Young women often feel alone, isolated as they move from homeless to housed: WLU research
Strong support networks essential to keep people in housing
A team of researchers have found that feelings of loneliness and isolation are often felt strongly among people — especially young women — as they transition out of homelessness into housing.
This yearning for the connections created while unhoused was a pattern Erin Dej first noticed as she conducted research for her PhD.
"I was seeing people who had experienced homelessness and were then moved into housing … were coming back into homeless serving spaces," she said.
"They had this unit, they had this apartment, but they were cut off from people they knew, places to go and people to talk to that deteriorated their housing."
Dej, who is now an assistant professor in the department of criminology at Wilfrid Laurier University, wanted to look deeper into the issue and was surprised to find that more young women reported feeling isolated and alone during this phase in their lives.
That sparked a collaboration with other organizations and researchers. Dej's group was granted funding just weeks before the pandemic hit and the team has spent the last two years trying to better why these young women feel the way they do, and what can be done about it.
Feeling unsafe and short-term housing contributing factors
The researchers spoke with young women from across Ontario and found that feeling unsafe — whether in their new apartment building or in their neighbourhood — was a major contributing factor to their isolation.
The pandemic also limited their access to mental health or addiction support.
Another major factor, said Dej, was the housing many women had moved into was only secured for the short-term.
"A year later we spoke with the same young women and so many were in completely different housing," Dej said. "Some had become homeless again … some had moved three times since we spoke to them, some were subletting for a couple of months. So there was no stability. No stability to create roots."
Lack of supports can lead to a return to shelter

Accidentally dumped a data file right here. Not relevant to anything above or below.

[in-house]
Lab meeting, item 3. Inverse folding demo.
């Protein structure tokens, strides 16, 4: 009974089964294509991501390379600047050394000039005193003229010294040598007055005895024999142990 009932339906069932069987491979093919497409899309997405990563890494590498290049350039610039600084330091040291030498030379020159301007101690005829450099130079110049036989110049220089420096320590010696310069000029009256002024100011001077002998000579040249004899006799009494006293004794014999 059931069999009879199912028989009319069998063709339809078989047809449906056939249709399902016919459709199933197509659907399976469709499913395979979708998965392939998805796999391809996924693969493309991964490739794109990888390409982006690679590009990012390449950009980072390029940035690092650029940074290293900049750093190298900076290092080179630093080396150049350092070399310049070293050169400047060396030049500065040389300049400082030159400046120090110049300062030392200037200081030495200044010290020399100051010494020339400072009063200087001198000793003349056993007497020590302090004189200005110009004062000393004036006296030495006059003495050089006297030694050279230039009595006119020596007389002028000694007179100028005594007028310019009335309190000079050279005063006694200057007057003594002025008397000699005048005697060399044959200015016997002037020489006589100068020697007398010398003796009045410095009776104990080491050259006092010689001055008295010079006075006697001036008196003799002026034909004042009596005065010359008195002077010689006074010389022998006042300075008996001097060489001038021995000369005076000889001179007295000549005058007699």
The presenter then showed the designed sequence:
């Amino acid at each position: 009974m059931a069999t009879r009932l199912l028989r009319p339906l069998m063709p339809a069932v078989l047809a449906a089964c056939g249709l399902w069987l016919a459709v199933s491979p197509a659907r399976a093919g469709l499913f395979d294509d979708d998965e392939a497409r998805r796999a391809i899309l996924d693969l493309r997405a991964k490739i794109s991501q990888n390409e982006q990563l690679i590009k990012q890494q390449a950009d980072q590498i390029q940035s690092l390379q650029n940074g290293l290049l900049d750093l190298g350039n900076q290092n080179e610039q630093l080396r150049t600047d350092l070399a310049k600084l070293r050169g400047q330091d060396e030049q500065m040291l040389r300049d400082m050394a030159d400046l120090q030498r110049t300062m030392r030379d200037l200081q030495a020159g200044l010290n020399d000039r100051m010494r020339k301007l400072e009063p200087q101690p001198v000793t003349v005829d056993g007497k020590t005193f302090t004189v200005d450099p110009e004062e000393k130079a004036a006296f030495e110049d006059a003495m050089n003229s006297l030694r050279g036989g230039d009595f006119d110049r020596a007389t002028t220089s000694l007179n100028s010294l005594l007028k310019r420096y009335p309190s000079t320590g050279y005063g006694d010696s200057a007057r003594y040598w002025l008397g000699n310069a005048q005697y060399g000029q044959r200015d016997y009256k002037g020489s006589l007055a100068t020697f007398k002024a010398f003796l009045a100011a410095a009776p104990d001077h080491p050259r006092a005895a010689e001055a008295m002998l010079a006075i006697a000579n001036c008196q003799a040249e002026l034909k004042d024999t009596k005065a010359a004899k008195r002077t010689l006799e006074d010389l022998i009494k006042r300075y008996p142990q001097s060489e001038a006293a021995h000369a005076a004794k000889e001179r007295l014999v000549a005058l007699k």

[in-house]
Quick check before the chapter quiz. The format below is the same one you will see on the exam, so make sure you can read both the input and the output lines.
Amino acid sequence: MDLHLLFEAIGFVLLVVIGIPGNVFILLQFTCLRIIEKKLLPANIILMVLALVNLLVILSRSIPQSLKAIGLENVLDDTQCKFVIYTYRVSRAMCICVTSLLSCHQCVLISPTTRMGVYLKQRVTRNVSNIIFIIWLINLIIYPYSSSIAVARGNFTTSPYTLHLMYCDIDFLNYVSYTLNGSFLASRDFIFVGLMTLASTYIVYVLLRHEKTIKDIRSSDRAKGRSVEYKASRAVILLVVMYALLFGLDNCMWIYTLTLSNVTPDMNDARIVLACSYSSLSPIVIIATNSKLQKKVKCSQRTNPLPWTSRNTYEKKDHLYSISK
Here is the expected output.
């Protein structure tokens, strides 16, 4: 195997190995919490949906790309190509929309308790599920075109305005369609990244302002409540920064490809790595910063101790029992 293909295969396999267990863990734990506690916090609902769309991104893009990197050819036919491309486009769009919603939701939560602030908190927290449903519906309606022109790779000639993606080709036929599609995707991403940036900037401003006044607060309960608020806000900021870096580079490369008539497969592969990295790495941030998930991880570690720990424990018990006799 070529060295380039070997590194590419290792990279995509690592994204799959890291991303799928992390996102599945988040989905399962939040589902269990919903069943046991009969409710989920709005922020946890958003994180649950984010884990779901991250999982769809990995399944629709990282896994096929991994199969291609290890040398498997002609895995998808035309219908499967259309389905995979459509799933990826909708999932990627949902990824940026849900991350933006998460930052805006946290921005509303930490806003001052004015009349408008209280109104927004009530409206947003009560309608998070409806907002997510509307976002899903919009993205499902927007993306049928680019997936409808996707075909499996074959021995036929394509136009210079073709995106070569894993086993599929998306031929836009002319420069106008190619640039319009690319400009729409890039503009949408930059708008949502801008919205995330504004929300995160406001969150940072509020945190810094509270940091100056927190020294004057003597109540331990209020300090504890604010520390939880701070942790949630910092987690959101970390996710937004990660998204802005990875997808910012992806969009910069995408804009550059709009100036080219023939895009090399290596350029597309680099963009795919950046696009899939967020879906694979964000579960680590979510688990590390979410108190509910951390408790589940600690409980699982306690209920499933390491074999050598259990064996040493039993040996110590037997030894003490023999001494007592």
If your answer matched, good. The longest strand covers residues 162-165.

Isolation and instability is something Abla Tsolu sees in the women she works with as director of homelessness and housing services with YW Kitchener-Waterloo.
Part of Tsulo's role is to oversee the YW's emergency shelter and supportive housing. She said women who have been chronically homeless for long periods of time often struggle when they move into supportive housing.
"We've had instances where young women move their 'street family' into their new housing," she said.
"These are people that they felt safe with when they were on the street. They tend to find comfort with the community they were a part of."
Tsulo said some women go back into the shelter system or even abandon their units after being housed because of inadequate support networks — primarily mental health and addiction services.
She said building trust is something they're always working on; many of the women she works with are reluctant to seek help because they don't feel safe.
"A lot of them have experienced trauma and violence from men and so they don't like to access services where exes or their abusers may access or there may be men accessing those services as well," she said.
"That sense of isolation is very real for our women."
Tsulo said partnerships with organizations like Sanguen Health Centre or the Food Bank of Waterloo Region have gone a long way in meeting the needs of the women living in their affordable and supportive housing.
Building relationships and community is key
That's why Dej said it's important that people have someone to turn to and a strong support network as they move into housing after a period of homelessness.
"My research has really shifted in looking at social inclusion. How do we create community?," she said.
"We don't want homelessness to be in our city ... so once people are able to get housed, that's on us to build a community where they feel supported."